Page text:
Approaching the responsibility of homeschooling

Catholic Candle note: This is the First Part in a new series on EDUCATING YOUR CHILDREN during the crisis in the Church.  There can be no more important concern for traditional Catholic parents today than how to best educate their children since it is so intrinsically connected to helping them save their precious souls.

     Part I:  Reflects on how one traditional Catholic family approached the gargantuan responsibility of this formidable task.

     Part II:  Investigates what choices were available to the next generation, and how they met the challenge.

     Part III:  Examines what is involved in Home Schooling.

     Part IV:  Looks at some of the Benefits of educating your children at home.

How one Traditional Catholic family approached the gargantuan responsibility of homeschooling

Parents have always been recognized as the primary educators of their children (under the aegis of the Catholic Church).  But in the “old days” (before Vatican II) Catholic parents could confidently send their children off to their local parish school in the knowledge that they would learn more about their Faith and also get a decent education.  Which they did.

However, when our children were growing up in the aftermath of VC II, it was a very different situation.  We began to realize very soon that we could no longer assume that sending them to the parish school would automatically get them a good Catholic education.  It was a painful realization, and with it came the question of what other choices there might be.  However credible or doubtful, we felt constrained to check them out.

Thinking of our Blessed Mother’s promise that the flame of the Faith would always burn in Portugal, we left our children in the capable hands of a generous grandmother and flew to Lisbon to view firsthand the religious-educational situation.  We investigated all aspects, including employment for my husband.  (A job was not possible because there wasn’t even enough work for Portuguese citizens, let alone foreigners.)  All things considered, it became clear that moving to Portugal was not the answer.  Our Lady did promise that the true Faith would be kept alive, there, but that could conceivably mean in some remote corner of the country, not necessarily a guarantee that the Catholic schools would be free of the effects of Vatican II.

Our next stop was Ireland, which at first glance seemed a distinct possibility.  However, it might have been Our Lady who sent us to a restaurant where we were seated next to two young women who were teachers at a Catholic grade school.  They were almost giddy telling us how wonderful it would be teaching the new religion coming from Vatican II.  That, and other considerations, left Ireland out completely.  So we headed home satisfied that we tried, and that we would have to do our best at home to raise our family in the traditional Catholic Faith.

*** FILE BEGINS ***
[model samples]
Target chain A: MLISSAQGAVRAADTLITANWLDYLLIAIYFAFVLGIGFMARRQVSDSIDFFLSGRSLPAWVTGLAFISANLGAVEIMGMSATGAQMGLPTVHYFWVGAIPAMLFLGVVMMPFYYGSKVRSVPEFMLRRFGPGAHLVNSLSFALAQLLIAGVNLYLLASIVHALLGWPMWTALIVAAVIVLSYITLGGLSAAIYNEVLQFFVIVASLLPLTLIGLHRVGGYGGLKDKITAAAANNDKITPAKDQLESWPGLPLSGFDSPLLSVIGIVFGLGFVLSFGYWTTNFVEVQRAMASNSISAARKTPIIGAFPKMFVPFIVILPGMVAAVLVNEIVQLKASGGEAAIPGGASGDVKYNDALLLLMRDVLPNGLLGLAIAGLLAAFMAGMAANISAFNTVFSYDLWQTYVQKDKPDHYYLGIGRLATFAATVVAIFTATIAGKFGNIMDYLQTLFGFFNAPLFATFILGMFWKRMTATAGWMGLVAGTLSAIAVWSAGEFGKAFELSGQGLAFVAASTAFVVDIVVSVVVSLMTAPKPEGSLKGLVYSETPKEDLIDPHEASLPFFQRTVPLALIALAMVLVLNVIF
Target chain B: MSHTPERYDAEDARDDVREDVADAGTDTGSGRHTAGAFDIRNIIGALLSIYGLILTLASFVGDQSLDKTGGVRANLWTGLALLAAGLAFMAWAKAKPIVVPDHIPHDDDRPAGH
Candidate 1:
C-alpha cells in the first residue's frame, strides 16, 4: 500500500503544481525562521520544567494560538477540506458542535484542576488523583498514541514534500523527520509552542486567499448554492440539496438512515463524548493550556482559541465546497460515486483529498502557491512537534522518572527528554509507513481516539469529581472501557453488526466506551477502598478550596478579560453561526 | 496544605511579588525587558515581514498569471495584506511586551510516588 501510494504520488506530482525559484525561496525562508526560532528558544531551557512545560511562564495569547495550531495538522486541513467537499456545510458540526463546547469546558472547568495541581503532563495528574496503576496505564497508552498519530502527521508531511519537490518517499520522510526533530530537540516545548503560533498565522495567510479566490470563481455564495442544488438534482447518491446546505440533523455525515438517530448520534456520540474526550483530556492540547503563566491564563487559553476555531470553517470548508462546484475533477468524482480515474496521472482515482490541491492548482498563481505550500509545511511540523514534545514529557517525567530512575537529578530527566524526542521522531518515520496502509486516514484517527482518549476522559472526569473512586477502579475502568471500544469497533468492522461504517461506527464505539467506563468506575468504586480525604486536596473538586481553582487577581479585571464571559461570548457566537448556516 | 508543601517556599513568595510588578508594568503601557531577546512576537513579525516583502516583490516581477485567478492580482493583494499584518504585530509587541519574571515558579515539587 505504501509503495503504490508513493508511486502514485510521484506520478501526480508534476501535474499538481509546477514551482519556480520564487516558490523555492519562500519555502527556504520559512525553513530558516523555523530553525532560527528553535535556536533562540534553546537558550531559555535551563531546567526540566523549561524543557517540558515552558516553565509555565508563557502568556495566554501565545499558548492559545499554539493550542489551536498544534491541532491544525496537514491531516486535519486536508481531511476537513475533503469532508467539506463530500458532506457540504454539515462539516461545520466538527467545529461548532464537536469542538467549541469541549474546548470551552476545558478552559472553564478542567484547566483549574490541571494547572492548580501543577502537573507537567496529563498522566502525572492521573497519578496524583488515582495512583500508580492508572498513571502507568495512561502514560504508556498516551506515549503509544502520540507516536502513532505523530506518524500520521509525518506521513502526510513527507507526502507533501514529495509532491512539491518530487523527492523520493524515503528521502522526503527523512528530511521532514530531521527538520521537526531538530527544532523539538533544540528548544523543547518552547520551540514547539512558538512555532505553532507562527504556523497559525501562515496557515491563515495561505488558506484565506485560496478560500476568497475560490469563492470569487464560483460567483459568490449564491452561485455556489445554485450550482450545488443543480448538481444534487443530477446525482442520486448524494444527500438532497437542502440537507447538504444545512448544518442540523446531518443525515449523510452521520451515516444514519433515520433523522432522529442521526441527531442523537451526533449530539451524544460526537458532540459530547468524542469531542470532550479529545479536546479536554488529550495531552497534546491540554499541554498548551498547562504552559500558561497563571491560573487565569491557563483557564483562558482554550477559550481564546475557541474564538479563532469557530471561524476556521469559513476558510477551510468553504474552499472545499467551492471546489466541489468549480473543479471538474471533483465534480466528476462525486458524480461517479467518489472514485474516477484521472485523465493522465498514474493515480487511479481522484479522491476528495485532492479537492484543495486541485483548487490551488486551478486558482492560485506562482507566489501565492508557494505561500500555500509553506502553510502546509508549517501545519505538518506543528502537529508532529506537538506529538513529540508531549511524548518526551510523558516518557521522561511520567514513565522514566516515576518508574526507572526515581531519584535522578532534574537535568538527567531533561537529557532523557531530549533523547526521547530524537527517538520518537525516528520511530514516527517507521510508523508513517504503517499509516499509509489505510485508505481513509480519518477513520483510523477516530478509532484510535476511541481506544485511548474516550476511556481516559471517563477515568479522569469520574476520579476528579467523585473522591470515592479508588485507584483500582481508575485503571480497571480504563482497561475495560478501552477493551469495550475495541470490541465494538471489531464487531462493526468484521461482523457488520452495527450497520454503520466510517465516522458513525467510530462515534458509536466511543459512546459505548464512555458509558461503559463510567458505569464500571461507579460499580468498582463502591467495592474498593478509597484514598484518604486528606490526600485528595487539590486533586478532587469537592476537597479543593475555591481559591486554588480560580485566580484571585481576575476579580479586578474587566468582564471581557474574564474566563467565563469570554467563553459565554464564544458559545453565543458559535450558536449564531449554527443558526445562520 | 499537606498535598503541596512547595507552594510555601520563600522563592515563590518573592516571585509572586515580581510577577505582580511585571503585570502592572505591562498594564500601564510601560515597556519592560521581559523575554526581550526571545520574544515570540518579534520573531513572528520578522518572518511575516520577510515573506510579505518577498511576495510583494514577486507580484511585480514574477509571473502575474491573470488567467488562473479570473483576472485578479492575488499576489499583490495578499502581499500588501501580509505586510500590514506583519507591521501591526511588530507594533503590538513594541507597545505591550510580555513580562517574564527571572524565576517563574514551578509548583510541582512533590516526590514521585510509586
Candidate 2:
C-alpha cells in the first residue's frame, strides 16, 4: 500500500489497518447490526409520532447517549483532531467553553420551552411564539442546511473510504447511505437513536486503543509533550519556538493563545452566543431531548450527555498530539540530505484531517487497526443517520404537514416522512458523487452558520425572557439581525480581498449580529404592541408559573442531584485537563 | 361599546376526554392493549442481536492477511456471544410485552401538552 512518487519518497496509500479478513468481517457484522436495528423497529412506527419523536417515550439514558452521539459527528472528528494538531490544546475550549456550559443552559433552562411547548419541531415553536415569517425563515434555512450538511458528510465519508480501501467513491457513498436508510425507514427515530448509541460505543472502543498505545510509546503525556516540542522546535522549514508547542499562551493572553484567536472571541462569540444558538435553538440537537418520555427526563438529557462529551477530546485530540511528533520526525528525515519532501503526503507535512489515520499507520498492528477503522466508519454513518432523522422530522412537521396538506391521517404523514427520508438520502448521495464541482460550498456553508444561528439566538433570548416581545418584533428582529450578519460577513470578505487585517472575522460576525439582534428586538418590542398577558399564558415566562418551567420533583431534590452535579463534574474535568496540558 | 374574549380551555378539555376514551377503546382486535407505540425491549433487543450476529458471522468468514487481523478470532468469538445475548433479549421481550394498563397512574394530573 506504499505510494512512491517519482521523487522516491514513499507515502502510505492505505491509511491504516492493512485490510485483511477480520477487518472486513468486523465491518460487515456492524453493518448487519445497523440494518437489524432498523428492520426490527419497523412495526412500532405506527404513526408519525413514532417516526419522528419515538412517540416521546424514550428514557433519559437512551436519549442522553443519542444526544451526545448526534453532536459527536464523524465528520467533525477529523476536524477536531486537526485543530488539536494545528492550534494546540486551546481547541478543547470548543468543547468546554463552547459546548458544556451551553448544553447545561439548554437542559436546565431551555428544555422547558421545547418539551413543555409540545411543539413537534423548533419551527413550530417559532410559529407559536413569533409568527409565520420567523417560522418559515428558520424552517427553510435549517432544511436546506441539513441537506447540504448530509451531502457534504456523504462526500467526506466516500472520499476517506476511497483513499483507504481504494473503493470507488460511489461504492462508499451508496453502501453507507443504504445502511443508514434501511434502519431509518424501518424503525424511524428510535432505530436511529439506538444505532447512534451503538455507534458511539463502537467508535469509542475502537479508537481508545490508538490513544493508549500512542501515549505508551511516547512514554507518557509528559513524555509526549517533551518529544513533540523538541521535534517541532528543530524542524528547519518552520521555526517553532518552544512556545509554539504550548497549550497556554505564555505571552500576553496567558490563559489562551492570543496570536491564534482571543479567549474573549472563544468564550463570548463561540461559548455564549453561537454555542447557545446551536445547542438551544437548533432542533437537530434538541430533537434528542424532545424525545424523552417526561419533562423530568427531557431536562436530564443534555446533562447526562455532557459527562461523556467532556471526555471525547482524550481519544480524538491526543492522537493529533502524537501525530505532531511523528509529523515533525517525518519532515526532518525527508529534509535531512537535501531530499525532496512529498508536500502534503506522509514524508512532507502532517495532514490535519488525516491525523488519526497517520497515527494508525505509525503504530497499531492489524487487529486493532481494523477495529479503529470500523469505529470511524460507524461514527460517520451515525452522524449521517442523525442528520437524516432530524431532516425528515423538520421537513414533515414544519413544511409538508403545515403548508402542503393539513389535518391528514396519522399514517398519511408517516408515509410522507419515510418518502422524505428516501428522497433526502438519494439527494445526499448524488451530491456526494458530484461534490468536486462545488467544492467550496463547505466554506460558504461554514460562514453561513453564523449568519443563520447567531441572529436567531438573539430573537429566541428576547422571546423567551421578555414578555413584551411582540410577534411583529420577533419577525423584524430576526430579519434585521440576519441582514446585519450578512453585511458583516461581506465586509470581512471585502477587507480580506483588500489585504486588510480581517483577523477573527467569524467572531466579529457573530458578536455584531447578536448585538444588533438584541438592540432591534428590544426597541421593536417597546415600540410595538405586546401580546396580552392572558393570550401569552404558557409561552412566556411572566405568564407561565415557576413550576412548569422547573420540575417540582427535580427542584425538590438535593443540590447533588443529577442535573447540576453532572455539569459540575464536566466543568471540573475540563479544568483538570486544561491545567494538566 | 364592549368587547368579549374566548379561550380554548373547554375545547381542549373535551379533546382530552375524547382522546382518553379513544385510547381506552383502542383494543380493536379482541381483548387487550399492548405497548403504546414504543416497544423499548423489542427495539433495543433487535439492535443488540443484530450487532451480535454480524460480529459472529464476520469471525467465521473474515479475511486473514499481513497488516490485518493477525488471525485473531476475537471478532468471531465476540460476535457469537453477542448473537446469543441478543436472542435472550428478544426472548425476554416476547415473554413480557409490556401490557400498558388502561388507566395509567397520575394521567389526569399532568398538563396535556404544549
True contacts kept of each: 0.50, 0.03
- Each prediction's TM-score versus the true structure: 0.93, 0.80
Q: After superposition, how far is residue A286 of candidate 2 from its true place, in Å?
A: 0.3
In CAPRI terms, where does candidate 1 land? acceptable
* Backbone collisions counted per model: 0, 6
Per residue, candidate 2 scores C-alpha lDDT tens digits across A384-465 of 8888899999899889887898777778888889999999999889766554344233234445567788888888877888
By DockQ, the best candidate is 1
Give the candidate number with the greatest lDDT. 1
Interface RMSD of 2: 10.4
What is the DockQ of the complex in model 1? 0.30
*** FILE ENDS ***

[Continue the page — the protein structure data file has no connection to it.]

Now the only answer was to keep our eyes focused on finding a good school.  And finding a good school was always a top priority.

We bought our first house across town and joined our new parish.  Our oldest was making her First Communion, and we were learning to be cautious about what was being taught in parish schools.  Our new parish had a new pastor, and we invited him to dinner to hear in what direction he intended to lead his flock.

Well, it turned out he didn’t particularly plan to do much leading.  He made it clear he was “letting Sister” decide what catechisms and classroom subjects, etc., she would use.  (This was in the days when the sisters were beginning to “speak up” and wanted a greater voice in the Church.)  I recall that as Father left the house that evening, my husband turned to me and said it was clear we couldn’t leave our children in that school.  And we didn’t.

Next came several years at our “good ol’ neighborhood” (public) school, until they began the disastrous “drug education” and “sex education” programs, which under the pretense of warning children about drugs and sex, actually accomplished the opposite: piqued their curiosity.  Scratch school #2.

You know the old saying about God never closing a door on you without opening a window.  The good Lord directed us to a parish in a run-down part of town that was operated by a stubborn priest who ran the school his way.  And his obstinacy was what allowed us to send our children to his grade school.  He threw out the Diocesan directives and guidelines and hired his own good teachers, used the good Baltimore catechisms, and engaged nuns who wore the full habits.  (A word about those Diocesan guidelines in Part II.)

The school wasn’t in the best neighborhood and was located next to a large rough public school.  There were a number of issues we had to deal with, including letting the pastor know we wouldn’t allow our children to attend the daily Novus Ordo mass.  This prompted a recurring reminder from him every month when we paid for five tuitions that we wouldn’t have to pay if we were members of the parish.  (But, of course, we weren’t and couldn’t be.)  The implied “bribery” notwithstanding, the school accomplished what we needed it to: it got our children safely through the grades.